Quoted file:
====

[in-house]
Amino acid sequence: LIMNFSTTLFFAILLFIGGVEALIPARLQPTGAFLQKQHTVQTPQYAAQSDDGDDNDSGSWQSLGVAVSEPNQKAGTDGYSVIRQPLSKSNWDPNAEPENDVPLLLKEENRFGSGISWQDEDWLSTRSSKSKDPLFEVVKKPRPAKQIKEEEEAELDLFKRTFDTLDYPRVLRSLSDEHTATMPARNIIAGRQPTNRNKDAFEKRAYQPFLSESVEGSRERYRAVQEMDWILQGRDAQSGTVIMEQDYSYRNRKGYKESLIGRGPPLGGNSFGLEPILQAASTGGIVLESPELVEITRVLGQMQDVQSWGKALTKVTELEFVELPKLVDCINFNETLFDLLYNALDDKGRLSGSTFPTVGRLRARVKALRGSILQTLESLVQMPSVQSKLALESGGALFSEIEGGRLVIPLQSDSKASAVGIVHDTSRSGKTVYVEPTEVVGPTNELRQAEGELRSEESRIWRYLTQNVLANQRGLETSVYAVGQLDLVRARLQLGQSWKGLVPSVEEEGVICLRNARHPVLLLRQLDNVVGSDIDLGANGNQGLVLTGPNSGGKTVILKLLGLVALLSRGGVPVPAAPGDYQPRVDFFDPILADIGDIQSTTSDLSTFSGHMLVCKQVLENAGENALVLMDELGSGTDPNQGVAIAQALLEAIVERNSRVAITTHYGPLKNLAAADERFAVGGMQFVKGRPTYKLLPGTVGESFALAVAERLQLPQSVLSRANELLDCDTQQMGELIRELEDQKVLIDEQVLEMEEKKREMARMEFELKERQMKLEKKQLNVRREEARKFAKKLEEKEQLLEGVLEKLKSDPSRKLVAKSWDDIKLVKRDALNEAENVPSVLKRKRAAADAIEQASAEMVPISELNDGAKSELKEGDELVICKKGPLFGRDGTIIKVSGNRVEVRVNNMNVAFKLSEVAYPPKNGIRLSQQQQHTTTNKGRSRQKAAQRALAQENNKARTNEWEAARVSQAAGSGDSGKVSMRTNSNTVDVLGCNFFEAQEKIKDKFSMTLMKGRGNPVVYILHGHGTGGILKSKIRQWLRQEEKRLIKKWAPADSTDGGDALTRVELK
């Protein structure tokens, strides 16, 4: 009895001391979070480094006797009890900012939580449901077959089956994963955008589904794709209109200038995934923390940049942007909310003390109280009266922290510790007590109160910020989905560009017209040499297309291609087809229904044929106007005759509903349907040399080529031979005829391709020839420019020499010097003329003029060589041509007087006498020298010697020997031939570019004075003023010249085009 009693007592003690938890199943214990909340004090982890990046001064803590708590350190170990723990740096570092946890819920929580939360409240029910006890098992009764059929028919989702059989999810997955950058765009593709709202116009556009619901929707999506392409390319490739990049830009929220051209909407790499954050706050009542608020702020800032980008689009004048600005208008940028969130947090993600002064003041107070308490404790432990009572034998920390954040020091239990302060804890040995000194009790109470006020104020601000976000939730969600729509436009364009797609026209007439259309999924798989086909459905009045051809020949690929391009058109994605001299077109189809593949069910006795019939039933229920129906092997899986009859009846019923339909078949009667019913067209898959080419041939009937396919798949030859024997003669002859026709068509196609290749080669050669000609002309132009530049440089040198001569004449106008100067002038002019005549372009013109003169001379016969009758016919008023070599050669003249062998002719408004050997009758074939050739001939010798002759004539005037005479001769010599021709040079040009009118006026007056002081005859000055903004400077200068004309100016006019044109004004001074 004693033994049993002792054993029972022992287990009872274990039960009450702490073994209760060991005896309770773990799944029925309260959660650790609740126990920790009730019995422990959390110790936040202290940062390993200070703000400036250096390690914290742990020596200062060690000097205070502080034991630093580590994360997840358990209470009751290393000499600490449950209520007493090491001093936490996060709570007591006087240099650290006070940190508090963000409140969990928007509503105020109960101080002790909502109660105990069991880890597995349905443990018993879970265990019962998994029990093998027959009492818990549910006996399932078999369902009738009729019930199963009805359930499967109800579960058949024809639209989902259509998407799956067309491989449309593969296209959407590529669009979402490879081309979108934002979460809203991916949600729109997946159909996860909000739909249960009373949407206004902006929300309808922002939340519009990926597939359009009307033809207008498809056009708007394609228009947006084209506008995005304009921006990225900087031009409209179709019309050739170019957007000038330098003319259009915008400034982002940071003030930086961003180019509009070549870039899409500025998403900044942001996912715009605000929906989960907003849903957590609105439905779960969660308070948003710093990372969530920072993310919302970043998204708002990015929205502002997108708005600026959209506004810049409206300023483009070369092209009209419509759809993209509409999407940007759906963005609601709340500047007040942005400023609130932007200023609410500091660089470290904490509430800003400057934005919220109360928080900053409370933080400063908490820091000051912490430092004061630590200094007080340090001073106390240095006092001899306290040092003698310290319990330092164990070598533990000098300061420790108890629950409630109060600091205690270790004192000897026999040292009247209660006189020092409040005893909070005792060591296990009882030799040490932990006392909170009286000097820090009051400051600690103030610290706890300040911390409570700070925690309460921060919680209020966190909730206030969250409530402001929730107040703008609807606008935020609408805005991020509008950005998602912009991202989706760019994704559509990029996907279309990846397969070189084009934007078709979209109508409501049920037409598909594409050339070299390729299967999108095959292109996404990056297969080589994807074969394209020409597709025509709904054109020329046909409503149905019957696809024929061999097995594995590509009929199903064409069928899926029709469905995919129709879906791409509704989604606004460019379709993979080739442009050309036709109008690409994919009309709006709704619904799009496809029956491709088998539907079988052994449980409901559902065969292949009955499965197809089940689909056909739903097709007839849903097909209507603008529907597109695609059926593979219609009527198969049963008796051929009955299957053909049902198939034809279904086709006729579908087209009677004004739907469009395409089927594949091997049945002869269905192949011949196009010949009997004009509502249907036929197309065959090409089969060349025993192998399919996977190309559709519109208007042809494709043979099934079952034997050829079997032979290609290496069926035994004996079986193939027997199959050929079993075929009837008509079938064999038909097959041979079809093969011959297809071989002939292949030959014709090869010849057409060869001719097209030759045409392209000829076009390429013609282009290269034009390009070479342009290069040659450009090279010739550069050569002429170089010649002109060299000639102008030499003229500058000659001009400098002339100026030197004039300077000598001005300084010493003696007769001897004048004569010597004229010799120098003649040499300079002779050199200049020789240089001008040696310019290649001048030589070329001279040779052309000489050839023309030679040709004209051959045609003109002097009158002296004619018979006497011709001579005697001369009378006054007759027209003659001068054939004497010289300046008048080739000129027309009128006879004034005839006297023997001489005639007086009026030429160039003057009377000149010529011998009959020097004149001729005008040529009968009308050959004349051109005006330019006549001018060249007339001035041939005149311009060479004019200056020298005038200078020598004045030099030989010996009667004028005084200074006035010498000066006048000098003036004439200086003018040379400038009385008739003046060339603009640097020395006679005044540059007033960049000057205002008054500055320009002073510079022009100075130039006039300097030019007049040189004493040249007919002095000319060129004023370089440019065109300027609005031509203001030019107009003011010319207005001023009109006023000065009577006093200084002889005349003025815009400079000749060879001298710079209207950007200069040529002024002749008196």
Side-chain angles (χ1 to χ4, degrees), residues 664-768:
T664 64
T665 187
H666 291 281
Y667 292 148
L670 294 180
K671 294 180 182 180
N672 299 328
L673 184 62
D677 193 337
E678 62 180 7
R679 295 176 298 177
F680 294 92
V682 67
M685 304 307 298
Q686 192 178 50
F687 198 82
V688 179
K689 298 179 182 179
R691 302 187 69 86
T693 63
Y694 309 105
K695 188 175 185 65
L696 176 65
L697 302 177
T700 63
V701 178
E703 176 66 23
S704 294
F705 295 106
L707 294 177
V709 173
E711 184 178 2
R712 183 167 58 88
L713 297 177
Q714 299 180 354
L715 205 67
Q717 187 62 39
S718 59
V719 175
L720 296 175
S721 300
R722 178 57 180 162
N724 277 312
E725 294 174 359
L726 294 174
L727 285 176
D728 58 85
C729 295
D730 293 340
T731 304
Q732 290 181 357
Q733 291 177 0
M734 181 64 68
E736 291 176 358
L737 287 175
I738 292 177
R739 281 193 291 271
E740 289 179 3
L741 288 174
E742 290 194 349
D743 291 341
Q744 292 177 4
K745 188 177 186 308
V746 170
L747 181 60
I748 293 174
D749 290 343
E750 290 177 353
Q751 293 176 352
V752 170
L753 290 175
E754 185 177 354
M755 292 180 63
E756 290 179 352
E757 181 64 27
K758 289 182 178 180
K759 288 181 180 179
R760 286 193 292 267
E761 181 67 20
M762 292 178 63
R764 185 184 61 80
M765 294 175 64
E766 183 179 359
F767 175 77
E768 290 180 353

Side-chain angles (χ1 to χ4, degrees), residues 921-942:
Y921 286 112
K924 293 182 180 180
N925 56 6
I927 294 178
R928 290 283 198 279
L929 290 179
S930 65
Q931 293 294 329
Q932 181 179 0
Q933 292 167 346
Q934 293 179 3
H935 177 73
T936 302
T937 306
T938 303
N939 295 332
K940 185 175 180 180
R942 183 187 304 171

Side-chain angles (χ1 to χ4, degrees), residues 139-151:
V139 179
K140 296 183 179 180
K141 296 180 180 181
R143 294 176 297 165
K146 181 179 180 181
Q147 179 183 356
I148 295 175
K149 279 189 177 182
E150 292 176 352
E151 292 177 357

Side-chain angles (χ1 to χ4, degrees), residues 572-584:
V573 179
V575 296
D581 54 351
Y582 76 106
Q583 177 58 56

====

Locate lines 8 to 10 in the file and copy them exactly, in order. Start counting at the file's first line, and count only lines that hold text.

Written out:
Y667 292 148
L670 294 180
K671 294 180 182 180